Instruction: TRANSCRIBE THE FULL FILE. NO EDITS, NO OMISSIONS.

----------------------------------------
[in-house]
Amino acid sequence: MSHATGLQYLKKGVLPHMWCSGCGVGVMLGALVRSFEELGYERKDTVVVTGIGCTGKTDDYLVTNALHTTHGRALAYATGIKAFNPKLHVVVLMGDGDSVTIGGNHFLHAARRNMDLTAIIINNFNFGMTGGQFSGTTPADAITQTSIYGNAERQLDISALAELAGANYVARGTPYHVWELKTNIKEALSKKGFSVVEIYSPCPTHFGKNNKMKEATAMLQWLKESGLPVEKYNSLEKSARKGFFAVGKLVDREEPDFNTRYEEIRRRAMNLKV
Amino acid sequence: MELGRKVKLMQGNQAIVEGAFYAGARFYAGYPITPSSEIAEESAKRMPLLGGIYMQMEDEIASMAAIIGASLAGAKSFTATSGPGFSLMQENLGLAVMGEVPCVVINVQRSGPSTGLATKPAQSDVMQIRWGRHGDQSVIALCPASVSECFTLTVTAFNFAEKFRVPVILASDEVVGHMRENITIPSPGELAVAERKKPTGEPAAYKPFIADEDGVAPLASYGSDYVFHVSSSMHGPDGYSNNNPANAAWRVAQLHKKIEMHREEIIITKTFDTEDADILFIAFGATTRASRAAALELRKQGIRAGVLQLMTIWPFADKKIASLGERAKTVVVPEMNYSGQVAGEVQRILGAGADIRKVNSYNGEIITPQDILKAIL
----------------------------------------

[in-house]
Amino acid sequence: MSHATGLQYLKKGVLPHMWCSGCGVGVMLGALVRSFEELGYERKDTVVVTGIGCTGKTDDYLVTNALHTTHGRALAYATGIKAFNPKLHVVVLMGDGDSVTIGGNHFLHAARRNMDLTAIIINNFNFGMTGGQFSGTTPADAITQTSIYGNAERQLDISALAELAGANYVARGTPYHVWELKTNIKEALSKKGFSVVEIYSPCPTHFGKNNKMKEATAMLQWLKESGLPVEKYNSLEKSARKGFFAVGKLVDREEPDFNTRYEEIRRRAMNLKV
Amino acid sequence: MELGRKVKLMQGNQAIVEGAFYAGARFYAGYPITPSSEIAEESAKRMPLLGGIYMQMEDEIASMAAIIGASLAGAKSFTATSGPGFSLMQENLGLAVMGEVPCVVINVQRSGPSTGLATKPAQSDVMQIRWGRHGDQSVIALCPASVSECFTLTVTAFNFAEKFRVPVILASDEVVGHMRENITIPSPGELAVAERKKPTGEPAAYKPFIADEDGVAPLASYGSDYVFHVSSSMHGPDGYSNNNPANAAWRVAQLHKKIEMHREEIIITKTFDTEDADILFIAFGATTRASRAAALELRKQGIRAGVLQLMTIWPFADKKIASLGERAKTVVVPEMNYSGQVAGEVQRILGAGADIRKVNSYNGEIITPQDILKAIL